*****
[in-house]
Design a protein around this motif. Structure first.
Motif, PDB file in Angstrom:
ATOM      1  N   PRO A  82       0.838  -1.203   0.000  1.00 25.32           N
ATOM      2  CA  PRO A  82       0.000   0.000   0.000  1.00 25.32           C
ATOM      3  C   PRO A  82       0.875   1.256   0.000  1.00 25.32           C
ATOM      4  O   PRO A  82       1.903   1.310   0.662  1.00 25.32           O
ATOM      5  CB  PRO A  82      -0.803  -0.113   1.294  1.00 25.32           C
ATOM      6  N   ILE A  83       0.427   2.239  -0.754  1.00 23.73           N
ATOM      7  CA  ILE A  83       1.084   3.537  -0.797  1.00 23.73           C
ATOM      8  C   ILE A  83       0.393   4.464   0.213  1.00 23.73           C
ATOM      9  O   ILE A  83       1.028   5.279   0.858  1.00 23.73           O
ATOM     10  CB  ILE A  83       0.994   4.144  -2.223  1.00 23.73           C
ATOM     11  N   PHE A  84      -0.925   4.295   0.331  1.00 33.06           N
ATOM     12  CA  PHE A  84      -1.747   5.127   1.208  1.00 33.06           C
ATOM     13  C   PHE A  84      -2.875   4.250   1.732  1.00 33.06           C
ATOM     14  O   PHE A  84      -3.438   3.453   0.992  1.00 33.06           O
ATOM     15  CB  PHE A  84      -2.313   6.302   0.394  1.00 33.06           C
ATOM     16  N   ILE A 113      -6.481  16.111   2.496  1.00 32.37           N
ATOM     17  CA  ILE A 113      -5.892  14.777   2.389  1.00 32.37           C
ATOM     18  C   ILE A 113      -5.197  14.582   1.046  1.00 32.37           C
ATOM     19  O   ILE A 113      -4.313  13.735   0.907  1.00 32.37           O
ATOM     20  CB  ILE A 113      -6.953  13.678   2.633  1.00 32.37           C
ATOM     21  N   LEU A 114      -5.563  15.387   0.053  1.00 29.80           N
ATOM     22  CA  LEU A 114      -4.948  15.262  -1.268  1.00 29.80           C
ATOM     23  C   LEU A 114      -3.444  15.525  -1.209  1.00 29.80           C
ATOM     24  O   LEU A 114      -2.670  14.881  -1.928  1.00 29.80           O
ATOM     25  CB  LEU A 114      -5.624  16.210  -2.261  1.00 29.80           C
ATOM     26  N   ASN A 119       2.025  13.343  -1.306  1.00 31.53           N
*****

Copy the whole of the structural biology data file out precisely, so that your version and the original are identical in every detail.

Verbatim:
[in-house]
Design a protein around this motif. Structure first.
Motif, PDB file in Angstrom:
ATOM      1  N   PRO A  82       0.838  -1.203   0.000  1.00 25.32           N
ATOM      2  CA  PRO A  82       0.000   0.000   0.000  1.00 25.32           C
ATOM      3  C   PRO A  82       0.875   1.256   0.000  1.00 25.32           C
ATOM      4  O   PRO A  82       1.903   1.310   0.662  1.00 25.32           O
ATOM      5  CB  PRO A  82      -0.803  -0.113   1.294  1.00 25.32           C
ATOM      6  N   ILE A  83       0.427   2.239  -0.754  1.00 23.73           N
ATOM      7  CA  ILE A  83       1.084   3.537  -0.797  1.00 23.73           C
ATOM      8  C   ILE A  83       0.393   4.464   0.213  1.00 23.73           C
ATOM      9  O   ILE A  83       1.028   5.279   0.858  1.00 23.73           O
ATOM     10  CB  ILE A  83       0.994   4.144  -2.223  1.00 23.73           C
ATOM     11  N   PHE A  84      -0.925   4.295   0.331  1.00 33.06           N
ATOM     12  CA  PHE A  84      -1.747   5.127   1.208  1.00 33.06           C
ATOM     13  C   PHE A  84      -2.875   4.250   1.732  1.00 33.06           C
ATOM     14  O   PHE A  84      -3.438   3.453   0.992  1.00 33.06           O
ATOM     15  CB  PHE A  84      -2.313   6.302   0.394  1.00 33.06           C
ATOM     16  N   ILE A 113      -6.481  16.111   2.496  1.00 32.37           N
ATOM     17  CA  ILE A 113      -5.892  14.777   2.389  1.00 32.37           C
ATOM     18  C   ILE A 113      -5.197  14.582   1.046  1.00 32.37           C
ATOM     19  O   ILE A 113      -4.313  13.735   0.907  1.00 32.37           O
ATOM     20  CB  ILE A 113      -6.953  13.678   2.633  1.00 32.37           C
ATOM     21  N   LEU A 114      -5.563  15.387   0.053  1.00 29.80           N
ATOM     22  CA  LEU A 114      -4.948  15.262  -1.268  1.00 29.80           C
ATOM     23  C   LEU A 114      -3.444  15.525  -1.209  1.00 29.80           C
ATOM     24  O   LEU A 114      -2.670  14.881  -1.928  1.00 29.80           O
ATOM     25  CB  LEU A 114      -5.624  16.210  -2.261  1.00 29.80           C
ATOM     26  N   ASN A 119       2.025  13.343  -1.306  1.00 31.53           N